The basic unit of photovoltaic cell installations is the conventional panel, and this is the predominant form of TFPV modules. In the solar panel market, TFPV competes with c-Si PV largely on the basis of cost. The end of the silicon shortage broadens the concern over costs to now include TFPV as well, which uses costly materials like indium, tellurium, and germanium, albeit in small quantities. But even so, TFPV will retain a significant cost advantage for a number of reasons. Aside from short-term price fluctuations, there is a floor to c-Si PV cell prices. Silicon production remains a costly process and prices cannot fall too much farther and remain that way. And besides the materials costs, TFPV benefits from the fact that the technologies involved are still relatively new. c-Si PV is a mature technology and continuing cost improvements will most likely be minor and incremental. But the TFPV technologies are still vibrant fields for innovation, and cost reduction is likely to occur more rapidly. In particular, the use of roll-to-roll processing, and perhaps printing along with it, can reduce costs significantly and allow TFPV to benefit from economies of scale to a greater extent than does discrete wafer-based c-Si PV.
Cost is not the only factor on which conventional PV panels compete. There is also conversion efficiency--the amount of power produced per square meter of the solar panel--and other factors such as weight and ease of installation. c-Si has the advantage on efficiency, although CIGS PV is likely to narrow this gap over the next several years, in large part due to developments in the materials. What's more, newer technologies like nanocrystalline silicon cells and multi-junction CIGS cells--all with their unique material needs--have the potential to exceed c-Si PV's efficiency in the coming years. And TFPV has the edge on weight. Because of their very thin nature and their lower susceptibility to fracture, TFPV modules are lighter and do not require as robust a surrounding structure as do c-Si PV modules. This can reduce the balance-of-system costs for TFPV modules and also allow for some innovative design and mounting strategies.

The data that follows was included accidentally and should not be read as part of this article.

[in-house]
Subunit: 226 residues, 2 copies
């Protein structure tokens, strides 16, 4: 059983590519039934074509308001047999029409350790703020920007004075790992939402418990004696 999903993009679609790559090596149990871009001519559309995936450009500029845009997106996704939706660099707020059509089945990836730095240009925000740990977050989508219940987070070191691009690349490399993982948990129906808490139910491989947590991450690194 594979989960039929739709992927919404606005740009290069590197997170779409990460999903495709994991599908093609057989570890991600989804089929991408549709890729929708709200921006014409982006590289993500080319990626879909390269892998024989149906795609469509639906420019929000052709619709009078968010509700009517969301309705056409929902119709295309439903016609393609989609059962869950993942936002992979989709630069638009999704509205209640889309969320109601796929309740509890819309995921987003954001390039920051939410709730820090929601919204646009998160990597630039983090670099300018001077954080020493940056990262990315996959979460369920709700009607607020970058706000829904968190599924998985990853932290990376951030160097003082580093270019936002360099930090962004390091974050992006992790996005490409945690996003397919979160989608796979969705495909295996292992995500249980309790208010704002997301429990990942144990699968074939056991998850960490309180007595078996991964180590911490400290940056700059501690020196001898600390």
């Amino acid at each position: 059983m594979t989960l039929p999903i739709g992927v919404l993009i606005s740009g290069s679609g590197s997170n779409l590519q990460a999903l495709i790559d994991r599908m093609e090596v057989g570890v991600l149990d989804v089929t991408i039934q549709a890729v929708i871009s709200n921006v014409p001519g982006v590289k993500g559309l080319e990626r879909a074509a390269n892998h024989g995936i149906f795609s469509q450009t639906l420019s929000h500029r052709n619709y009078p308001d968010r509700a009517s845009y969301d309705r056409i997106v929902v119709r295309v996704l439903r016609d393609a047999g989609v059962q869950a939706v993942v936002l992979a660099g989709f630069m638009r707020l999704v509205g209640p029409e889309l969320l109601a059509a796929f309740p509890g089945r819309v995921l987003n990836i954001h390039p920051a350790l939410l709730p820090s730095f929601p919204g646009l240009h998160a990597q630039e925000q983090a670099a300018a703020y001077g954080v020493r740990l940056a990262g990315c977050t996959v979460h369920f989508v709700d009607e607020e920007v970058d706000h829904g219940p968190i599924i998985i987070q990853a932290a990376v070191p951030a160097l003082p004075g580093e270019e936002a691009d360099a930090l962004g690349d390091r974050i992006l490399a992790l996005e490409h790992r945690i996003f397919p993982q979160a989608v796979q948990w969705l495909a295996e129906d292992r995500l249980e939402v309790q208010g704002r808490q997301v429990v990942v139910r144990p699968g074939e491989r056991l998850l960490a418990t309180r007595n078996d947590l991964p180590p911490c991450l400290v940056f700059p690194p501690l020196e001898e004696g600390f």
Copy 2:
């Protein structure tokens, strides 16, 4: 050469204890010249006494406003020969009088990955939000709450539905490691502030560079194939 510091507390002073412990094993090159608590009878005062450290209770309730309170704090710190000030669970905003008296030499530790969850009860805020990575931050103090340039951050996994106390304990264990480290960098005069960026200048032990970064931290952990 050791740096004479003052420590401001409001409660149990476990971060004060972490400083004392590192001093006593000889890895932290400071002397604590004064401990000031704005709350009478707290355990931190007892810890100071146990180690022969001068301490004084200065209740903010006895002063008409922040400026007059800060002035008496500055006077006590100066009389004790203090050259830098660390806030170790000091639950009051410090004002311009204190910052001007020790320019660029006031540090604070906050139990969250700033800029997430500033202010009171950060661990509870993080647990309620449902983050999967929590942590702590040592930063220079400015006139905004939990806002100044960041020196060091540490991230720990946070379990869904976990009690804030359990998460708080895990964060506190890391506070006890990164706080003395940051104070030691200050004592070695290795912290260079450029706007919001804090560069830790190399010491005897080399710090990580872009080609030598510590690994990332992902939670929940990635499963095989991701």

While TFPV can compete favorably with c-Si PV in the conventional module market, it has even greater advantages in other markets, some of which are completely inaccessible to c-Si PV. The emergence of building-integrated photovoltaics (BIPV) is an excellent example. Both c-Si PV and TFPV cells can be built into rigid BIPV products such as roofing tiles and glass facades. But TFPV cells generally suffer less of a performance drop under indirect lighting than do c-Si PV cells. Since tracking systems are generally not an option for BIPV installations, TFPV-based BIPV products retain more of their rated power than c-Si PV-based ones under actual use. And in the case of BIPV glass, TFPV is generally built on glass substrates and can be more aesthetic than a collection of c-Si wafers encased in glass.
But then there is a market completely inaccessible to c-Si PV--the market for flexible PV products. Many of the opportunities here are also for BIPV applications--like flexible roofing shingles and flexible laminates that are applied to conventional building materials--but there are also portable applications like soft briefcases and portable chargers. This is one of the key areas of interest to material suppliers because of the unique materials requirements. Besides the obvious need for flexible substrates, flexibility adds demands on electrodes--especially the transparent ones--and encapsulation materials.
Source: Thin-Film PV: More than Just a Cost Advantage